People of faith have consistently spoken out about the social impact of investments. Religious leaders of all faiths have long recognized how invested capital can bring about social change both by funding solutions and opportunities (impact investing) and discouraging practices and policies through the withdrawal/withholding of investments (screens or divestment).
But in 1971, the founders of our organization discovered a third, more nuanced and much more powerful investment strategy in attempting to respond to the human rights abuses occurring under the racist apartheid system in South Africa.
When founding member and lawyer Paul Neuhauser asked his pastor what his church could do to intervene on behalf of black South Africans his pastor responded "You are the Church."
While earlier shareholder resolutions had been filed by individual investors like the Gilbert Brothers on governance topics, Paul drafted the first religious shareholder proposal with a social theme on behalf of the Episcopal church and filed it at General Motors in March of 1971: The proposal requested that until such time as apartheid was abolished, GM withdraw its business from South Africa. And thus, ICCR and the shareholder advocacy movement, was born.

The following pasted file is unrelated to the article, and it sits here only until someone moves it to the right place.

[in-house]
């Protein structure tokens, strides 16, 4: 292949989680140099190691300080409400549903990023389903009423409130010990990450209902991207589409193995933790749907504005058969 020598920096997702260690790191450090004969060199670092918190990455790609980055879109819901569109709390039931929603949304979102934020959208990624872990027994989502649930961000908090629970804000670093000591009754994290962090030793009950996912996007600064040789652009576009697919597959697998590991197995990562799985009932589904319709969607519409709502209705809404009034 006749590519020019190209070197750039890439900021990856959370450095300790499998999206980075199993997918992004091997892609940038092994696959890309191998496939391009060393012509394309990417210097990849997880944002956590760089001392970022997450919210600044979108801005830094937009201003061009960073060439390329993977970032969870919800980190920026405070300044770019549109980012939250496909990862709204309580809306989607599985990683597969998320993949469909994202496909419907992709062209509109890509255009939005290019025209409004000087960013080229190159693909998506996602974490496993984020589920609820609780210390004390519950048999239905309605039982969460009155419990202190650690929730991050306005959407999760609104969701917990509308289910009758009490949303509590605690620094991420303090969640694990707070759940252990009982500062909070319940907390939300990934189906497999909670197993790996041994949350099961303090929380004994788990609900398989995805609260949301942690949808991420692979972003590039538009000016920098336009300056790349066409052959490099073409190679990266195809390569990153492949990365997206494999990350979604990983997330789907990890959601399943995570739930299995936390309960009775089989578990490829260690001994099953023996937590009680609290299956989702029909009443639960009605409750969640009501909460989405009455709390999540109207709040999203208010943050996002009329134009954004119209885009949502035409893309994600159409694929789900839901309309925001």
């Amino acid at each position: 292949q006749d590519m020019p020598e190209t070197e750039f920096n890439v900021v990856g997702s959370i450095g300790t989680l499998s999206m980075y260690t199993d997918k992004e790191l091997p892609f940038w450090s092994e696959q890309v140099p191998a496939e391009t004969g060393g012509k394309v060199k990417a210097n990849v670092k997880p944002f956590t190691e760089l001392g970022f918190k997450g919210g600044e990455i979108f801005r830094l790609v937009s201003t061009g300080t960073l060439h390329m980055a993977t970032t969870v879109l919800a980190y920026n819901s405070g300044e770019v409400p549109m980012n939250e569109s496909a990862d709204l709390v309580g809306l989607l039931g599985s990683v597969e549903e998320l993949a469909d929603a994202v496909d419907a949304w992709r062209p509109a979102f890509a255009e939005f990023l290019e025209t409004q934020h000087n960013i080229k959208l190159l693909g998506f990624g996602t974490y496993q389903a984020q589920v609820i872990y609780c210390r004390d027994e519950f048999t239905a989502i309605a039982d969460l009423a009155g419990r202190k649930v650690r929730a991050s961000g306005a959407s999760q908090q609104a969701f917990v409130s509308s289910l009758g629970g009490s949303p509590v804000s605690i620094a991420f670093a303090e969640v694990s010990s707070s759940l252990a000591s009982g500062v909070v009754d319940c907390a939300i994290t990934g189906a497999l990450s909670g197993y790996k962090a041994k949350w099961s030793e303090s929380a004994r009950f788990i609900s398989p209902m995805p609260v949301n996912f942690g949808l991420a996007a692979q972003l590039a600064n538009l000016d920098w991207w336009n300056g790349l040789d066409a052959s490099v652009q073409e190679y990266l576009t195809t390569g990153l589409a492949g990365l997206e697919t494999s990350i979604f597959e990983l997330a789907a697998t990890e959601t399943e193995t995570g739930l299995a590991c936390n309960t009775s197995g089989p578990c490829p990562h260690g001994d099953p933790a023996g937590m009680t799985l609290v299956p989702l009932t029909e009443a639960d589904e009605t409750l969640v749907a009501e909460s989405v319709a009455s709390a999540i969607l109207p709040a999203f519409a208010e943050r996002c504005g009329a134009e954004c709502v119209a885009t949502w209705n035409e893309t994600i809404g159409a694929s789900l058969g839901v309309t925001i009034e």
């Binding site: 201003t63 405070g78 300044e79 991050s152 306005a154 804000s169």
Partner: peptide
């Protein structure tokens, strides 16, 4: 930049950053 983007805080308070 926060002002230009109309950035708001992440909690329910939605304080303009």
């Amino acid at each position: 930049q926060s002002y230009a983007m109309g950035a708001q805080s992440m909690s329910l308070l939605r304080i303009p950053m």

Over four decades from ICCR's founding, shareholders around the world continue to join our ranks recognizing that, by acting in coalition with like-minded investors we are able to improve corporate practices on vital environmental, social and governance concerns and, in doing so, build more sustainable, financially resilient companies.
Today, ICCR members are the churches and other religious organizations, the universities, unions, banks, foundations, asset management companies and all the other institutions and individuals that are the committed, persistent and faithful voices for justice.
For more ICCR history, Listen in to The Arc of Change: The ICCR Story (podcast). Episode 9